I’m hypothyroid but as soon as I start any thyroid medication I get chest pains and shortness of breath. I’ve tried Synthroid and Cytomel combo and Armour. I just recently went to the doctor and I have a irregular heartbeat now as well. I’m in good shape and 36 years old. Please help! I need to take the meds but I feel like my heart can’t tolerate it. When I go off meds heart issues go away but I gain weight rapidly.

    • I am 35 years old with type 1 diabetes . About a year and a half ago ,I was diagnosed with hypo ,and for about a year ,Everything went well.
      Fast forward to now , I gained a ton of weight ,hair has fallen out ,heart palpitations are horrible ,and ….. I was over treated for many months. Before my diagnosis,I was 128 lbs at 5’5 ,and now , I’m right at 150 within 6 weeks. .
      I never feel good ,always exhausted,can’t get pregnant,and I am getting depressed.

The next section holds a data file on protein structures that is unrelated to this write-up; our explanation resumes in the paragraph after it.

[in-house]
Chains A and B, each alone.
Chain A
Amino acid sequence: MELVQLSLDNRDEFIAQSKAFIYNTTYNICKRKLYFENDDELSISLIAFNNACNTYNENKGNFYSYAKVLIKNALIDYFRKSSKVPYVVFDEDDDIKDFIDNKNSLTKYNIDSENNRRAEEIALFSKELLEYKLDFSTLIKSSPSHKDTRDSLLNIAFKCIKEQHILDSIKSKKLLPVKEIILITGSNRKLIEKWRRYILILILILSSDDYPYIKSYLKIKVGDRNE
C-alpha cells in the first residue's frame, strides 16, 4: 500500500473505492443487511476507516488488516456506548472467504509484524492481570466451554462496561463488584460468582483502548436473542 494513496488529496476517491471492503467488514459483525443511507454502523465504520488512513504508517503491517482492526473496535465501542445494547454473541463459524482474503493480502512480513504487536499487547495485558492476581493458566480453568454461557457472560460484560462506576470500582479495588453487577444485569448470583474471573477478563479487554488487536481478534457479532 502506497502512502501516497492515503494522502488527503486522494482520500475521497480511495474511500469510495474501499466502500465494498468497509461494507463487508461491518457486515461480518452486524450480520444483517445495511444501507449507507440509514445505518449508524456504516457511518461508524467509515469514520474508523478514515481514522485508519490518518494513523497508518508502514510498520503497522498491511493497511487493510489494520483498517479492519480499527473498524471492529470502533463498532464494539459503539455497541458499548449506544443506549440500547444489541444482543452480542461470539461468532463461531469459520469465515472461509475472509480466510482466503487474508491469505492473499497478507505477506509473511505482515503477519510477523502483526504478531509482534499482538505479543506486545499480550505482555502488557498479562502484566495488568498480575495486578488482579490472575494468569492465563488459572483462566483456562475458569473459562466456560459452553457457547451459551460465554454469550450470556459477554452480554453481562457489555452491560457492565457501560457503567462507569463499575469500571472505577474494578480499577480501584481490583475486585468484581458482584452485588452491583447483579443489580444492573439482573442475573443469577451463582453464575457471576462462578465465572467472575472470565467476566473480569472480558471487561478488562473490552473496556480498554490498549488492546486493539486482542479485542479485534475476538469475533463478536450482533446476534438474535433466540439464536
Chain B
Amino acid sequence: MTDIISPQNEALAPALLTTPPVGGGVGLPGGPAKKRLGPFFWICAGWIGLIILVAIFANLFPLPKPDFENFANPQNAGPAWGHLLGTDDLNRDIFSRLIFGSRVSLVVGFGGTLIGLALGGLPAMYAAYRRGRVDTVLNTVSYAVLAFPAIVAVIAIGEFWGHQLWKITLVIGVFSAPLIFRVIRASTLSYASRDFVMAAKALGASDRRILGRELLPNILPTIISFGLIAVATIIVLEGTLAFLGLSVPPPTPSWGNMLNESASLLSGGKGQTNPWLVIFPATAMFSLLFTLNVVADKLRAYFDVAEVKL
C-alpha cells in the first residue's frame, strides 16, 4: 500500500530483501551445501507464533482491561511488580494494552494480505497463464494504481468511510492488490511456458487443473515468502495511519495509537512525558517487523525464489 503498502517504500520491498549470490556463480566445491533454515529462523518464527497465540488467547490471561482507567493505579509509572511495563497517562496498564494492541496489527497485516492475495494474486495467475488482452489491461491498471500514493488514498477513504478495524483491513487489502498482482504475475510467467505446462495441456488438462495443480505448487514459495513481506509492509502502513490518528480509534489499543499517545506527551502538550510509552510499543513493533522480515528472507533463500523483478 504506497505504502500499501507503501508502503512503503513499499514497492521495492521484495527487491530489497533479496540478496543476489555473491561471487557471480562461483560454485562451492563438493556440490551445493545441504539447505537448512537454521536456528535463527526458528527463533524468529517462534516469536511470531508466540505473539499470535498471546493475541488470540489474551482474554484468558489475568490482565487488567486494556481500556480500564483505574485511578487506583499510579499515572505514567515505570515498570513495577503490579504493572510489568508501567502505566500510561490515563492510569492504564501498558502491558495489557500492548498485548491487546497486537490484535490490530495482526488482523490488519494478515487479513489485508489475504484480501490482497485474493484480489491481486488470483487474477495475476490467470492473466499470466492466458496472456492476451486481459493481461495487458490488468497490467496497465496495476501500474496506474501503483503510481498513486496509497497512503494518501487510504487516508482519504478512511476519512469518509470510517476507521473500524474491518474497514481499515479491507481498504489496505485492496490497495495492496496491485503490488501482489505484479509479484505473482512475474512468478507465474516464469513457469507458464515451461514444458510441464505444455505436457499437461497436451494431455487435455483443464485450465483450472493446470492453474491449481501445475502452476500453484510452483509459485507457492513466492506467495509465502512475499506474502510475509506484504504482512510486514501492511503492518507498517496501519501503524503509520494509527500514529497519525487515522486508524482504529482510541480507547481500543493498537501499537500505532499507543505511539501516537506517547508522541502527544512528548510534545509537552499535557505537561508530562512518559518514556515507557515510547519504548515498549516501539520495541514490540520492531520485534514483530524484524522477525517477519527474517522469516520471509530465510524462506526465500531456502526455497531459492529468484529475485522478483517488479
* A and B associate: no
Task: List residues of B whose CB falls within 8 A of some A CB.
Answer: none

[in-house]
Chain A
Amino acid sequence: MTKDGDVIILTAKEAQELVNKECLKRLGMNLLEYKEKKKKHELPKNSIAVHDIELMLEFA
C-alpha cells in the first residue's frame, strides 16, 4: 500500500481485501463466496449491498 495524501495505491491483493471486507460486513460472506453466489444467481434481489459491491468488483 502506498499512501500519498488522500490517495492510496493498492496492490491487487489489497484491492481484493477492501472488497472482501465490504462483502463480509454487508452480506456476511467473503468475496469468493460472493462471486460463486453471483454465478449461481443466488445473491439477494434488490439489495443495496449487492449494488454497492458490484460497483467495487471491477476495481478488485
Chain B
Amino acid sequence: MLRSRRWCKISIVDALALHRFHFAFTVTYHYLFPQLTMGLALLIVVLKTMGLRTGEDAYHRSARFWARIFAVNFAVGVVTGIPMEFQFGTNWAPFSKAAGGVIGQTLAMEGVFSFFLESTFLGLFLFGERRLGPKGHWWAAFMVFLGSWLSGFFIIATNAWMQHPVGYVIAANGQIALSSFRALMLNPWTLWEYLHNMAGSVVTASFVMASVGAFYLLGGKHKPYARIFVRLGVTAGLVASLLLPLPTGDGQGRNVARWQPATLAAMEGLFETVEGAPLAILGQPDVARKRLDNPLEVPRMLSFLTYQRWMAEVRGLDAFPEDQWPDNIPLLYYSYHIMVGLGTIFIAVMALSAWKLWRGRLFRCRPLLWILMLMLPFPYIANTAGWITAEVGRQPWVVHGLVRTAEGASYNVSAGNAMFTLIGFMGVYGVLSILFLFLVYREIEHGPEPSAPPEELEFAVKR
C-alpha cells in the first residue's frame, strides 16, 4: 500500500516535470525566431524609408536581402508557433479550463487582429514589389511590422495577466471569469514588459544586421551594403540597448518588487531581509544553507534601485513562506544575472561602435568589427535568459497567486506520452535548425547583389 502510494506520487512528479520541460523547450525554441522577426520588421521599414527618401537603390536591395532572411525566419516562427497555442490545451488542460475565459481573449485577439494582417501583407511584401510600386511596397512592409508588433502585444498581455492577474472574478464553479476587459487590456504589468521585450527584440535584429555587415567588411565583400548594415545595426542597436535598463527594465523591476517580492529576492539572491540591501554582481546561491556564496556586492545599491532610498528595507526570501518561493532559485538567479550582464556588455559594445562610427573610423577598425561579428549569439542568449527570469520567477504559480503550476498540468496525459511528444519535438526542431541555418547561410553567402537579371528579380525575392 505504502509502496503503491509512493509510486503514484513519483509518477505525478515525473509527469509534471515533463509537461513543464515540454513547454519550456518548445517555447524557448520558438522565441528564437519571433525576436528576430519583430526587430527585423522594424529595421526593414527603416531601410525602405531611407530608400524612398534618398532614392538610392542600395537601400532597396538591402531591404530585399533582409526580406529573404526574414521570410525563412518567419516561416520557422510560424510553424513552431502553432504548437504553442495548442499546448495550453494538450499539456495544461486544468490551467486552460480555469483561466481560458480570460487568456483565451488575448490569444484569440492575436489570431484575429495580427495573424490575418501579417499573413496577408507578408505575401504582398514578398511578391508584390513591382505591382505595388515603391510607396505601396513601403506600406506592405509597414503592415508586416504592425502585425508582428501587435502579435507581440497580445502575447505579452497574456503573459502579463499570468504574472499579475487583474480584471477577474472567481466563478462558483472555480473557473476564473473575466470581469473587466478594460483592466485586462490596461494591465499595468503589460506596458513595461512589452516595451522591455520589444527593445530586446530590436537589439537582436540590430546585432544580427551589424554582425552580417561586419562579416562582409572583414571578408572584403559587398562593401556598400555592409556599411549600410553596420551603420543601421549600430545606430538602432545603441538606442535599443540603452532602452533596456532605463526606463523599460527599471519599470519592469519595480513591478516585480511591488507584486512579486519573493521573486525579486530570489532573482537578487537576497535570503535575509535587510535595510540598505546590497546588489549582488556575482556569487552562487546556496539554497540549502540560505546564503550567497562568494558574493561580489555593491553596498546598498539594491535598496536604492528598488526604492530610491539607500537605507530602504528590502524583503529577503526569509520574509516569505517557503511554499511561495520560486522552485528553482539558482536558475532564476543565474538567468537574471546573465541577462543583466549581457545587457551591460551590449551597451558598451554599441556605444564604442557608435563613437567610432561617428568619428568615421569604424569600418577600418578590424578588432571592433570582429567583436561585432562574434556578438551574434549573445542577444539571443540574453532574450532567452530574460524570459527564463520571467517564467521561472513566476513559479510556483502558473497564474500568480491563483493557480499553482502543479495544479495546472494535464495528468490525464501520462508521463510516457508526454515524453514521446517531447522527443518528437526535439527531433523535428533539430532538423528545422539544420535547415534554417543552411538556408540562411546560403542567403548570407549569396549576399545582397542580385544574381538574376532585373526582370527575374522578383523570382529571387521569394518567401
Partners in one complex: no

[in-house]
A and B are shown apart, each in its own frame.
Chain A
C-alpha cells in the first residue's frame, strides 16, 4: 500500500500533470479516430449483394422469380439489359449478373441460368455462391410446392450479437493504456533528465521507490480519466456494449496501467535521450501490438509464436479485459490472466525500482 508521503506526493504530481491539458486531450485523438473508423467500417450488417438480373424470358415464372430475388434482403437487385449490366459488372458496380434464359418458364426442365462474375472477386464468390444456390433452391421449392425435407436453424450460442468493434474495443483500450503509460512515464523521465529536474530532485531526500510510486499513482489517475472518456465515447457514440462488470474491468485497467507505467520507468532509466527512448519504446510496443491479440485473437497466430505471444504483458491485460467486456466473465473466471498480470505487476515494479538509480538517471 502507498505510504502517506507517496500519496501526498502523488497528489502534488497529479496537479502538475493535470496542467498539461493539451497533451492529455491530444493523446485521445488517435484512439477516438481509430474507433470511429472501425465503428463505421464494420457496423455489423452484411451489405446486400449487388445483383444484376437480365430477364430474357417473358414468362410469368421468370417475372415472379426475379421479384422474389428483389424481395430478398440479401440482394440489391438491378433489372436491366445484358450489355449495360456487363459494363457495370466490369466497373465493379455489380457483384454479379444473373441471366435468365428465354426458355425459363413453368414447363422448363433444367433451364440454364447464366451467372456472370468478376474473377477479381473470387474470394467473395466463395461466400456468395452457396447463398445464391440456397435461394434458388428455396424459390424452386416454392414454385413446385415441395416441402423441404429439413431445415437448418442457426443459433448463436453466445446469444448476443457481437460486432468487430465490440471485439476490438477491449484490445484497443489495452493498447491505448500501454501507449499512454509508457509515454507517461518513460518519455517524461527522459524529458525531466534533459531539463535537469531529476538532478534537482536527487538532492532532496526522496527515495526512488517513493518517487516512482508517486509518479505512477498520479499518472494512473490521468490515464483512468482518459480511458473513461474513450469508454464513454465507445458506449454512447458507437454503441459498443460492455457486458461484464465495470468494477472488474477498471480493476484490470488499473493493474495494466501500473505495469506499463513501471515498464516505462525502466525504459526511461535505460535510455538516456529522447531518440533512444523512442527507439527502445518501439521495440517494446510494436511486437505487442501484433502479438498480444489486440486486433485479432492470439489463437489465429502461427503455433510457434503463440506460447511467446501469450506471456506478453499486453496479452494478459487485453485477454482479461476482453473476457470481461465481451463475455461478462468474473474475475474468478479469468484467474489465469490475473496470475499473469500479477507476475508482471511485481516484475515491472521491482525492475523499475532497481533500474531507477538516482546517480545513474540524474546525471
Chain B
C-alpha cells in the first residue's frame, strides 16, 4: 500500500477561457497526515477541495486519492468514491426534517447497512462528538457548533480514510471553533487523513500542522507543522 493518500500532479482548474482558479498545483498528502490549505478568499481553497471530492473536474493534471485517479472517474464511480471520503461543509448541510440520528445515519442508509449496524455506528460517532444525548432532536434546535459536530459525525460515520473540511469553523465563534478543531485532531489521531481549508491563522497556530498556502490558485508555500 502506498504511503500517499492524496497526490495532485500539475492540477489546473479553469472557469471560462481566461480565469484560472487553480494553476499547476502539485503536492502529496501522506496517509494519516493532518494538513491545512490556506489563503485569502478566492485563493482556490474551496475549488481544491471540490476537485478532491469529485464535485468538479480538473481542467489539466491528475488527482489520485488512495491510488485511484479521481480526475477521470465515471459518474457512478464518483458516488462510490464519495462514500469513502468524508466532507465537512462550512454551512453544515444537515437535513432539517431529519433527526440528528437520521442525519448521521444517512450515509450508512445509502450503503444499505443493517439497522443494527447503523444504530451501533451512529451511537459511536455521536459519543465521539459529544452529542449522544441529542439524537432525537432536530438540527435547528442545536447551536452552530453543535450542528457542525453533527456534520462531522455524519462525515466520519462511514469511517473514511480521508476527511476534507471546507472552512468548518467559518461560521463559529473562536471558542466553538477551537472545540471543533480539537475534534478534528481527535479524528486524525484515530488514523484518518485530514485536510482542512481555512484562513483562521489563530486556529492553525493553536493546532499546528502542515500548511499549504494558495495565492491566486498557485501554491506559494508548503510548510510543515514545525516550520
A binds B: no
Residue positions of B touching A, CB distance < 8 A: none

Living a healthy lifestyle has always been a thing for me ,and now , No matter what I do ,nothing works. My endocrinologist actually told me my thyroid wasn’t my issue and that this was all in my head. Mind you ,20 lbs in 6 weeks ,heart problems, high t3, great tsh. What should I do ?? I feel like my life has been torn away from me. .

    • Lower you dose.

    • This is exactly my situation! I have tried Naturethroid 65mcg and I started to feel better but my TSH was still a 42 after 2 weeks. My T3 was normal at that point. When my doc wanted to increase the naturethroid to help the TSH, I started getting chest pains and shortness of breath and anxiety problems. I think it’s from too much T3. I’m currently reading Dr. Arem’s book on thyroid. He’s a prominent doctor that my mom went to in 2000 to treat her hashimoto’s. There’s info in the book about how to start dosing and how to combo the meds. He says you should only increase by 25mcg a week so that you don’t get those heart/anxiety symptoms. I’m still in the learning phase though and I’m not sure if my doctor has a good plan of action…